Deer Management at Buck Manager



5 Survey Methods for Deer Management


It’s nearly impossible to manage a deer population without having some estimate of the number of deer in the area. Annual population estimates can provide valuable information such as herd composition, density and total estimated population. Information gathered from standardized survey techniques can help shape management actions for a property. Even something as basic as annual recruitment (fawn production) varies annually and recruitment is a direct measure of habitat and deer health. This can be measured with a minimal amount of survey effort.

Managing deer herd size alone can be a substantial part of habitat management on any property. After all, too many deer means increased browse utilization, decreased plant diversity, smaller-bodied deer, lower fawn survival and bucks that never reach their full potential for antler growth. In short, the plants and animals found on your hunting property can benefit greatly from you conducting annual surveys.

Deer Survey Techniques for Managing Whitetail Populations

1. Spotlight Surveys – This is the most commonly used method for estimating deer populations. Specifically, this survey technique works best for estimating deer density. It’s best applied to properties larger than 500 acres. It involves setting up a survey route that is (ideally) representative of the property, then conducting night counts at least 3 times prior to the hunting season and recording what you see. Get additional details about using spotlight surveys for deer.

2. Mobile Daylight Surveys – This survey method is often used in conjunction with the spotlight method to supplement herd composition estimates. During spotlight counts, deer are recorded as bucks, does fawns and unidentified deer. As it turns out, many of the deer seen at night are difficult to accurately identify. So although spotlight counts are good for estimating density, they can come up short for estimating the composition of the deer herd if only a small number of animals are identified. Mobile daylight surveys simply involve driving (truck/jeep/UTV) the property during daylight hours with a good pair of binoculars and recording the number of bucks, does and fawns that you see. This will supplement spotlight data (which estimates population size) with the composition of the herd.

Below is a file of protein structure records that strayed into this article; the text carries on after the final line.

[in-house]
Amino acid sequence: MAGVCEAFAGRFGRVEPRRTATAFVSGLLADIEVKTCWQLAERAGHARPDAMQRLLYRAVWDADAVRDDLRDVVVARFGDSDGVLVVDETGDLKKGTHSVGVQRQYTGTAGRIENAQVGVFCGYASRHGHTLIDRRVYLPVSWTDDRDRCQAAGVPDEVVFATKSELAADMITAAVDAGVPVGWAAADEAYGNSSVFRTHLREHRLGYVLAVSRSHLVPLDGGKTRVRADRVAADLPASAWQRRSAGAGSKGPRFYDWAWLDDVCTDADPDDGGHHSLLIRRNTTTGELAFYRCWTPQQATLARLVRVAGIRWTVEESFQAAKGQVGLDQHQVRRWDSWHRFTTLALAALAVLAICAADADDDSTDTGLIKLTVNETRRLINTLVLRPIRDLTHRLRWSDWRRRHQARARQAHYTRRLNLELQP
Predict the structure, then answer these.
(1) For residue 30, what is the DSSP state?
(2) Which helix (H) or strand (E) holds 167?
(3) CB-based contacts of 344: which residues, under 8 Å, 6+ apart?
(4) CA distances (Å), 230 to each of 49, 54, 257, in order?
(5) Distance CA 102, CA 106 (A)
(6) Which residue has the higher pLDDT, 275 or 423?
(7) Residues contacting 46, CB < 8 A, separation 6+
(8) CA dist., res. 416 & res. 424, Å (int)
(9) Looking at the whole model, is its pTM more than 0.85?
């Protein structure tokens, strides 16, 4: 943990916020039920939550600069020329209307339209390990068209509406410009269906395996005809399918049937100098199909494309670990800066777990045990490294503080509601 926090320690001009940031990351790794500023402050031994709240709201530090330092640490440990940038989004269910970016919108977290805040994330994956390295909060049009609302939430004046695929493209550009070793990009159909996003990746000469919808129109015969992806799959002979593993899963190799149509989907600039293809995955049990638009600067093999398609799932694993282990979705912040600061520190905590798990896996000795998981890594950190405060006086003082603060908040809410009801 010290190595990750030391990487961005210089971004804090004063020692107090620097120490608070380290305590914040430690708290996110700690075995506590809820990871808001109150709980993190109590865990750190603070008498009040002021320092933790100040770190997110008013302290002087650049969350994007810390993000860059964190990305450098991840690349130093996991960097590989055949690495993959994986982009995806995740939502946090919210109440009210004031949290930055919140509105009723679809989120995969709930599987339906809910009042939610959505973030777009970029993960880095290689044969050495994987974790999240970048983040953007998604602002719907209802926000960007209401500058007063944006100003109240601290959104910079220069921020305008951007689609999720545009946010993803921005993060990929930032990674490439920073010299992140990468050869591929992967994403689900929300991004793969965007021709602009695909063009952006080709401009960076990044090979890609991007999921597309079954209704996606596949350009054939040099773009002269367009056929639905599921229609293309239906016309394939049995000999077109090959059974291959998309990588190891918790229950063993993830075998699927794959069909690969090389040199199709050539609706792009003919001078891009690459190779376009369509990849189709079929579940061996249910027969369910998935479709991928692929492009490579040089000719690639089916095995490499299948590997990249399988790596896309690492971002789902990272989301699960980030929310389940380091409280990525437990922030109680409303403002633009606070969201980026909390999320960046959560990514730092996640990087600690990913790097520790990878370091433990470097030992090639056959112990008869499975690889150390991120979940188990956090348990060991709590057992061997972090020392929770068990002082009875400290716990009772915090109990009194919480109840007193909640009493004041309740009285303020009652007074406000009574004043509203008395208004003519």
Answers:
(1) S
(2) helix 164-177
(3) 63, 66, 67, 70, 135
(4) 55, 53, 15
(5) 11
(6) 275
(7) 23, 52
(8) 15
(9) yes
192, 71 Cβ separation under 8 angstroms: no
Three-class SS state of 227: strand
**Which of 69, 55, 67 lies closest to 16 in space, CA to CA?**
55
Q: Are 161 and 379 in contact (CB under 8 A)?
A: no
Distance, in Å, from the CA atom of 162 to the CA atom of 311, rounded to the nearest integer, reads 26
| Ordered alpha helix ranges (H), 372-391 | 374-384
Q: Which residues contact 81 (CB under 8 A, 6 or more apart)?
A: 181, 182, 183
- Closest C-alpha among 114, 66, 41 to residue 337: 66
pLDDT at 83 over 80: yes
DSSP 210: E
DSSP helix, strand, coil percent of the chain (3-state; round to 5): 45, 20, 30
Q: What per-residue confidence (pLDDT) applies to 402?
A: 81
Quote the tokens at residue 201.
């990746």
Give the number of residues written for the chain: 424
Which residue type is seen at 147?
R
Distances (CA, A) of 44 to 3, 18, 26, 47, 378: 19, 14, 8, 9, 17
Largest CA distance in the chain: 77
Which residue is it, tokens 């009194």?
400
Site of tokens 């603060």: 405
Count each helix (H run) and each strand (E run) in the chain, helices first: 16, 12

3. Stand Counts – This method falls along the same idea as mobile daylight surveys and can be used to supplement spotlight counts, but may be used as a stand-alone technique on smaller properties. Stand count surveys will not estimate deer density, but this method can result in good herd composition estimates prior to or even during the deer hunting season. A lot of data about the deer population can be collected quickly when all stands on a property are filled. Find out more about using stand count surveys for estimating the composition of a deer herd.

4. Camera Surveys – Motion-activated game cameras are very handy devices. Because they work 24-7 they can collect a ton of remote data (photos) that can be used for a variety of things. The only caveat is that you must set the cameras to collect the data you want or you’ll just end up with a ton of pictures. Properly-used cameras provide herd composition estimates and can also estimate deer density. Find out more about using cameras for deer management and how to perform camera surveys for deer.

5. Aerial Surveys – This survey method is not practical for most hunters and land managers, but it makes sense for those managing large blocks of land upwards of 7,500 acres. It does not work well in heavily-forested areas because of limited visibility. Aerial surveys for deer are best performed over more open areas such as grassland-dominated habitats or those comprised of low-shrublands. Helicopters are typically used but small, fixed-winged planes are the right choice for really large properties since they are less expensive. I imagine unmanned drones will be another, less-expensive alternative for deer surveys shortly.

Using Survey Data

It’s important to understand your management goals so that surveys can be used to reach annual objectives. Although each method outlined can provide useful information for making decisions about harvest management, it’s imperative that managers understand the limitations of each. Some techniques can be used to estimate deer density and population size while others will provide composition data only.

Additionally, if surveys are used to estimate density/deer population then the manager needs to have some idea of the deer carrying capacity of the property before knowing whether to decrease or increase fall harvest based on survey results.

Surveys for herd composition estimate buck to doe ratio and fawn to doe ratio. Though this will not estimate total population size, this is information can be used for structuring annual harvest goals. If the buck to doe ratio is estimated to be 1:3 and the goal is 1:2 then more antlerless deer need to be removed. Also, if the habitat and deer herd appears healthy based on body weights then the number of adult deer harvested each year needs to roughly equal the number of fawns recruited into the population each year to keep the population stable. A high number of fawns means a more liberal fall harvest while fewer fawns equates to a more conservative one.